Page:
Ask any runner and you'll likely hear that one of the most memorable aspects of running a race is the CROWD ENERGY! We love and appreciate our spectators. We really do! Without you the race day energy would not feel half as special. So while runners all over the world may be heading into race season with a mixture of fear and excitement, one thing is for sure, our cheer crowd has got what it takes to put that extra pep in our step and help give us the energy we need to carry us through to the finish line.
If you are thinking, "Heck, yes! I knew I was important." You can rest assured, you most certainly are. However, there are some things that you can do to be more comfortable and the best cheer squad any runner could ever hope for! Let's get into those here.
One of the best things you can do as a spectator is familiarize yourself with the course map and route. Plan in advance where you are going to set up and let your runner know your location in proximity to aid stations or mile markers. Also, pick a back-up cheer spot just in case. Runners already know that they have to plan for a multitude of different race day scenarios so it is good for you to be prepared as well.
In addition to planning for the spot you'll be setting up at, it's important that you plan on being as comfortable as you possibly can. Wear comfy shoes, bring a lawn chair if you think you will need to sit down a few times during your cheering marathon, and consider the weather. Likely the weather from when you set up to when you leave will change a bit. So be prepared with a light jacket or water-resistant layers.
Why blend in, when you were born to stand out? Want to insure or at least improve your odds of your runner seeing you? Stand out, this may be a mylar balloon, an over-the-top hat, or the best race sign ever. Whatever you do, try not to blend in. This is a great time to break out the pom poms and truly jump for joy.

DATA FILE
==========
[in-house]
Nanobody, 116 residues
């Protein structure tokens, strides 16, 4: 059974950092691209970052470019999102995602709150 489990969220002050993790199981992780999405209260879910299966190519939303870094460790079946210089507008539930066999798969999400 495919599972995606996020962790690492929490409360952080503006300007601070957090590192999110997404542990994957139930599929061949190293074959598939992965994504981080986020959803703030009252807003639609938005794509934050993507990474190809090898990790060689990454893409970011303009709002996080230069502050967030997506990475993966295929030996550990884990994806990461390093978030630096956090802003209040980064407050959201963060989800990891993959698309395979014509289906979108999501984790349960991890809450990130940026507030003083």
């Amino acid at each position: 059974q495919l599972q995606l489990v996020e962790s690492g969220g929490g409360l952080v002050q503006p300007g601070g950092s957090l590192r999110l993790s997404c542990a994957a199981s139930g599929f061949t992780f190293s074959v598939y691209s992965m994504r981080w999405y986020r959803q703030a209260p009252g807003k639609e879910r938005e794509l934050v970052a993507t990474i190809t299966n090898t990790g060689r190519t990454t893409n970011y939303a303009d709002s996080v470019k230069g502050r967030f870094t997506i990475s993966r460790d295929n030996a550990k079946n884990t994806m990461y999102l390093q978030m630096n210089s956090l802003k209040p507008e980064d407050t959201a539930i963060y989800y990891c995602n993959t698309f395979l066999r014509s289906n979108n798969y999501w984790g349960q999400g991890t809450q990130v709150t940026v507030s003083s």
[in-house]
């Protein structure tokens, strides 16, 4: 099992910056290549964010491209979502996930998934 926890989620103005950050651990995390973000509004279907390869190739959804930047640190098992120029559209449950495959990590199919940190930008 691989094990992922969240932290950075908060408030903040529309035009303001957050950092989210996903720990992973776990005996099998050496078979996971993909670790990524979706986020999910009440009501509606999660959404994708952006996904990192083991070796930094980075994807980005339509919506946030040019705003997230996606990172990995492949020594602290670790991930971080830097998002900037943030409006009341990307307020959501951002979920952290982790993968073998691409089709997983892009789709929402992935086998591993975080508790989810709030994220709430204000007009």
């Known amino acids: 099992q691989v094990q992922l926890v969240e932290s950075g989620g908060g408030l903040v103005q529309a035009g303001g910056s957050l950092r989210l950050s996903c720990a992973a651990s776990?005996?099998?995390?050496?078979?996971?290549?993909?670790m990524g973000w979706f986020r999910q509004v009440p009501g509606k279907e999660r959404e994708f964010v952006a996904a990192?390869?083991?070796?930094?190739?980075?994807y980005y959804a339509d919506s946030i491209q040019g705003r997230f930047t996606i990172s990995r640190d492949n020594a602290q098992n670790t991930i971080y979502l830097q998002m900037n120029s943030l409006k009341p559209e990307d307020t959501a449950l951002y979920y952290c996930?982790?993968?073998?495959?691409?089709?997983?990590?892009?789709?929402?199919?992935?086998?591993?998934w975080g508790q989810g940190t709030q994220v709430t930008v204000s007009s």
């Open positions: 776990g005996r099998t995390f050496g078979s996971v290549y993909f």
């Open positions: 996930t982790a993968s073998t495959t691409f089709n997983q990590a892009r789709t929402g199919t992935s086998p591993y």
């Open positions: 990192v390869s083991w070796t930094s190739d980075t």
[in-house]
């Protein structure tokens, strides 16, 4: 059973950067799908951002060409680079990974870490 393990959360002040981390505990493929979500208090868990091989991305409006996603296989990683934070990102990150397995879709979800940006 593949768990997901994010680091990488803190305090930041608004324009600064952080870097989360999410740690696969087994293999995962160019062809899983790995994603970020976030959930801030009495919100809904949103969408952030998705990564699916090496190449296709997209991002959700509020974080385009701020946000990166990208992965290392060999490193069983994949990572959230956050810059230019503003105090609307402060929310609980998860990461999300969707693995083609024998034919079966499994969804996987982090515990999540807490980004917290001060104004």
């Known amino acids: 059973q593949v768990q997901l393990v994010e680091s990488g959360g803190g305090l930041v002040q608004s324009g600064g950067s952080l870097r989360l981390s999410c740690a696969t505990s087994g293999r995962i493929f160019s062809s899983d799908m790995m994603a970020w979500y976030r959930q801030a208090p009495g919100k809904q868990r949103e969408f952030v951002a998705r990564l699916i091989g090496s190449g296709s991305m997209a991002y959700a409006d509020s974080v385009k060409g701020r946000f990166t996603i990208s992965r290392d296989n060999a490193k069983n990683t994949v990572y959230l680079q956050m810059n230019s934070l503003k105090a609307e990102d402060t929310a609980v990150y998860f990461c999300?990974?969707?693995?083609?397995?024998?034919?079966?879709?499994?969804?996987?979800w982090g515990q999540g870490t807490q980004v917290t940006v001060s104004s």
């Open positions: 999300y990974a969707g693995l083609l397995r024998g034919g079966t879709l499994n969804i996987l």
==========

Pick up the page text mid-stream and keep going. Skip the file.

Talking about joy. Make some joyful noise, but save your voice.
While encouraging race day participants is always appreciated, you may run out of "juice" if you are shouting words or encouragement for hours. So cowbells, music, triangles, hand clapper toys are all great ways to show your spirit without needing to cancel all of your meetings for the days following the race.
And, while we are chatting about encouraging the participants, let's talk about "what to say" and what not to say. While the best "cheers" could be a blog post on its own, let's just go for an overarching general rule of thumb. Encouraging words like, "You've got this!" "Keep going" and "You look strong" are all great, but this is not the time to "coach" from the sidelines. While you may think that telling folks to "Pick up the Pace" or "RUN harder" sounds encouraging, it may mess with the race participants' strategy. When in doubt, cheer not coach.
That's right, after weeks and months of the runner being at the center of the conversation during their training, we want YOU, our incredible cheerleader to feel as good as possible. So bring snacks and coffee.
Of course, for yourself, but if you want to share with the throngs of runners then bonus points! If you are planning on sharing with runners, a good mix of salty and sweet would likely be a big hit. Gummy bears, chips, pretzels, leftover halloween candy, or mimosas will all be appreciated.
Last, but not least. ENJOY! It is incredibly inspiring to see people of all shapes, sizes, and abilities complete an endeavor they have been working on for months, but also your energy and enjoyment will be effusive. Thank you for being there for us during the training process and for making race day special. YOU ARE THE BEST! (Just don't say, "almost there" unless if the runner has less than 1/4 of the way to go to the finish line) Want to download your very own "Cheerleader" Kit & checklist along with printable graphics? Find it here >>